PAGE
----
Distant Light

RichardChaosRichardChaos Posts: 0
edited December 1969 in Carrara Discussion

How do you aim/point a DISTANT LIGHT? I got one thats pretty much straight up and I want is down for a morning sun rise! I also cant find the one i have now! WHERE is IT!

Comments

  • PhilWPhilW Posts: 1,645
    edited December 1969

    Distant lights are aimed by rotating them, they can be moved (and even scaled) in the preview window but that is a convenience, only the angle at which they are aimed has a relevence to their lighting.

    If you have "lost" one, you could go to the motion panel and enter zeros into the position x, y, and z to centre it. Or if you select it in the scene tree and then press 0 (zero), your current camera is moved to it (this works for anything, not just lights).

  • RoguePilotRoguePilot Posts: 0
    edited December 1969

    You amaze me Richard

    How have you done all of your animation renders in Carrara without knowing that?!

    This is both Very Impressive and Bizarre.
    Seriously.

    I'm beginning to think you are a special kind of intuitive thinker. ;)

  • JaguarEllaJaguarElla Posts: 10,357
    edited December 1969

    Rich is brilliant but blinkered as many geniuses are
    he avoids Daz dollies like the plague for example when they would make life easier as supplementry characters.
    I did not know the camera 0 trick, sadly, I just created an extra camera by dragging it to the scene tree of I wanted to find zoomed out. :roll:

  • RichardChaosRichardChaos Posts: 0
    edited December 1969

    I only know what I use! I don't think i have ever used a Distant light to be honest! Plus it pleases me to torment you all this my never ending threads! "INSERT EVIL LAUGH HERE!!"

  • JaguarEllaJaguarElla Posts: 10,357
    edited December 1969

    I find you entertaining ;-P
    and you are very clever
    but
    boy do you piss some forumites off
    I find that entertaining too! %-P

  • RichardChaosRichardChaos Posts: 0
    edited December 1969

    AS do I! LOL!

  • BrianP21361BrianP21361 Posts: 206
    edited December 1969

    I'm surprised no one stated the obvious. You select the light, then shift-click an object or body part that you want the light to point at. Select Edit/Point At or cmd- m on a Mac (It's probably ctrl-m on a PC). The light will automatically point at what you selected. If you move the object or light it won't point at the same object. If you want it to track an object select the light, click the modifiers tab, then plus, select point at on the drop down menu. Select the object or body part in the drop down menu and the light will track the object when it moves. This works with spot all types of lights and objects too. You can get M4's head to track another object for instance, great for animations. You can also use a target helper object to make things easier.

  • RoguePilotRoguePilot Posts: 0
    edited December 1969

    I'm surprised no one stated the obvious. You select the light, then shift-click an object or body part that you want the light to point at. Select Edit/Point At or cmd- m on a Mac (It's probably ctrl-m on a PC). The light will automatically point at what you selected. If you move the object or light it won't point at the same object. If you want it to track an object select the light, click the modifiers tab, then plus, select point at on the drop down menu. Select the object or body part in the drop down menu and the light will track the object when it moves. This works with spot all types of lights and objects too. You can get M4's head to track another object for instance, great for animations. You can also use a target helper object to make things easier.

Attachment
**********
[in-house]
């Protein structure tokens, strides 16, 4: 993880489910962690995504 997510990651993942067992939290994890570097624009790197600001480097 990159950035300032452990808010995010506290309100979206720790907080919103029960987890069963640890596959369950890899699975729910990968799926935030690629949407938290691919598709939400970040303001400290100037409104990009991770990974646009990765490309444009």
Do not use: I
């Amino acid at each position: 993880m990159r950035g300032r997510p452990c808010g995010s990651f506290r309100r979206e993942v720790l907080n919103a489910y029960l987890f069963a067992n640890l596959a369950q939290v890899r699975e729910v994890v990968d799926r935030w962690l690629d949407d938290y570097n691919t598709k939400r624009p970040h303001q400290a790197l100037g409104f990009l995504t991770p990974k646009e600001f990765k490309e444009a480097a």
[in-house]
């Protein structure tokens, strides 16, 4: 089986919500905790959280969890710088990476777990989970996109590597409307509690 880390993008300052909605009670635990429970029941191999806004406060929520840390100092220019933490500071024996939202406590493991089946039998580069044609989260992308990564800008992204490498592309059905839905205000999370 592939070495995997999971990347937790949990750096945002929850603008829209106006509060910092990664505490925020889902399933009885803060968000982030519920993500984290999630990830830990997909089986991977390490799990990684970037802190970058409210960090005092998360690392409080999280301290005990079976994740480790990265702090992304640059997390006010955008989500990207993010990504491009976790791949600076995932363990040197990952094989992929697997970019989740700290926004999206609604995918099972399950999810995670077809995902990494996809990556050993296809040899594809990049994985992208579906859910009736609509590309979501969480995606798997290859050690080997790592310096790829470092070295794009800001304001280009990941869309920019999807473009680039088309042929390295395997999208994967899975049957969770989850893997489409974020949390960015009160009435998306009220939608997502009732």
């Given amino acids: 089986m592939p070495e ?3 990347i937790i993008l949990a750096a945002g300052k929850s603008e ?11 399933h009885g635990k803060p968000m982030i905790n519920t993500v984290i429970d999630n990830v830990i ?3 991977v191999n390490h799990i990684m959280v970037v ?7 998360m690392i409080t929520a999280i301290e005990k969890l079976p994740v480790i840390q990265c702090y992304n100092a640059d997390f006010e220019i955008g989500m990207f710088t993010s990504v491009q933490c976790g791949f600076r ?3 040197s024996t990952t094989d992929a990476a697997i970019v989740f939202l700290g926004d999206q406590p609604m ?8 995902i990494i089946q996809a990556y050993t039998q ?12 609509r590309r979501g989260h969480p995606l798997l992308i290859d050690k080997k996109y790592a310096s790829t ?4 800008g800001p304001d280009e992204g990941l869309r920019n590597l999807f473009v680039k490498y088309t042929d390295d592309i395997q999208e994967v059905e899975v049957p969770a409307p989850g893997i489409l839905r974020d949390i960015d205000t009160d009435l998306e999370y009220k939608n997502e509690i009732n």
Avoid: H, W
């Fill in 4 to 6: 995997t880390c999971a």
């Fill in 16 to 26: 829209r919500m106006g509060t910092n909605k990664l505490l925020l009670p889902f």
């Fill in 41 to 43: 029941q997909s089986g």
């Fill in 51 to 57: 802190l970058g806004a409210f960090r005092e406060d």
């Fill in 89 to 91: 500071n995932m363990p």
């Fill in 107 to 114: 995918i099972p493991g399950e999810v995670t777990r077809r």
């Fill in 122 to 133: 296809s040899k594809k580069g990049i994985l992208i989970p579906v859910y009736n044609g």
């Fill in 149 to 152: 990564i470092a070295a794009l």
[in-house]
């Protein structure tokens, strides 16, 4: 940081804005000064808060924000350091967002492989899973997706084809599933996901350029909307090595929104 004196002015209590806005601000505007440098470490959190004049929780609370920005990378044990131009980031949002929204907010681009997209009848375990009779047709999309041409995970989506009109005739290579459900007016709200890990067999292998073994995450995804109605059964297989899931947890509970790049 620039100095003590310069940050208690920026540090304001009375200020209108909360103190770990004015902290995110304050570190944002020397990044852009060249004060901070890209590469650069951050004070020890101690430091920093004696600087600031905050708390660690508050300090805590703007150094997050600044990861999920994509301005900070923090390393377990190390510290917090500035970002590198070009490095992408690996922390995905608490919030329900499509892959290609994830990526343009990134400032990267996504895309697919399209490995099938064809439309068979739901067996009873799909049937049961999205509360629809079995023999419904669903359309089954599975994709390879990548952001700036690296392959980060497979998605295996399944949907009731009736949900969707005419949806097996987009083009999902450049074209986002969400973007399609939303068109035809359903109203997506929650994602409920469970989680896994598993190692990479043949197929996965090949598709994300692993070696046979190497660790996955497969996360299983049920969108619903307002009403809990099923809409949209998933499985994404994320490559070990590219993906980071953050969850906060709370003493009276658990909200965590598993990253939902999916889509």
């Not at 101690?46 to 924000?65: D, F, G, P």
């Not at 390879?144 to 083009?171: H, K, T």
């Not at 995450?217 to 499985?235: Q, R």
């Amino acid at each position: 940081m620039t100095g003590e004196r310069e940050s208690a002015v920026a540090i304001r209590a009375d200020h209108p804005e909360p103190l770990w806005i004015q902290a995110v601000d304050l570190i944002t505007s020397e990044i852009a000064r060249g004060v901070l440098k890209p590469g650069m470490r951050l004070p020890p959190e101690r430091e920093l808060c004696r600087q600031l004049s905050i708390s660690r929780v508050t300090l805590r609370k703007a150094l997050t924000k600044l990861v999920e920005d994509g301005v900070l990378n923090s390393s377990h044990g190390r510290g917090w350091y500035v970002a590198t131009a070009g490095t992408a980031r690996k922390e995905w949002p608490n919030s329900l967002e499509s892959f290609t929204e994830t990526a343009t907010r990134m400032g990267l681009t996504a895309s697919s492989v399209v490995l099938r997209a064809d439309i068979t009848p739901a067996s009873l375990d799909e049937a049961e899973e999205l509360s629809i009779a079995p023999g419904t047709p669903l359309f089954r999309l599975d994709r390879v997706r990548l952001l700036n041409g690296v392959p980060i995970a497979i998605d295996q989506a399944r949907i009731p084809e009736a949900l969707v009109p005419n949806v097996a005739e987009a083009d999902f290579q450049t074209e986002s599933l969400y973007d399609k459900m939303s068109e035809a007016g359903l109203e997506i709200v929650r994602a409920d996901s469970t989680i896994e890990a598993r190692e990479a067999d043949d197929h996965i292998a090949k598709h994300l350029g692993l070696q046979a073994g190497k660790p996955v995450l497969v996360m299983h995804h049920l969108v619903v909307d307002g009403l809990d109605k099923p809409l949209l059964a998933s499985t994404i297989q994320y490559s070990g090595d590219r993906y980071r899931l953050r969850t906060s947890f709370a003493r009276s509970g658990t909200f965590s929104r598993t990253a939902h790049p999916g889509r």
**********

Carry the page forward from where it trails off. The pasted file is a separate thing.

Sorry to differ, but for distant lights that would produce some very odd lighting shifts, especially if the light was close to the zero point during an animation.
    It really needs to have a set direction unless you are going for some special effect such as a fast moving meteor, and even then a moving bulb may work better for that.
    The key point about a distant light is that it has the same effect across the whole scene, barring shadows, and that you only ever need to consider it's initial drection and then leave it.

  • BrianP21361BrianP21361 Posts: 206
    edited December 1969

    RoguePilot,

    You're right. The lighting would be odd. What I really meant is that you can use the point add modifier for an animation. It's best for having a camera track and object or for having a head face some movement.

    :red:

  • ManStanManStan Posts: 0
    edited December 1969

    Point at, then disable it. It will point at what you want but wont follow it.

    I use combo lighting most of the time though. For day distant plus HDRI. I use HDRI lighting a lot.

  • head waxhead wax Posts: 2,868
    edited July 2012

    select object you are looking at eg head of charactre, select distant light while holdig down shift key, then ctrl k and your align window comes up, choose all three axii, your distant lightis now centred on your objecti and in your screen, move it away but leave iti n the screen, that way you can see it to change it's pointing idirection
    f it is below eg an ocean it probably won't light the ocean but works for most other things, as long as it is not buried in anobject

    shortcuts for pc

    Post edited by head wax on
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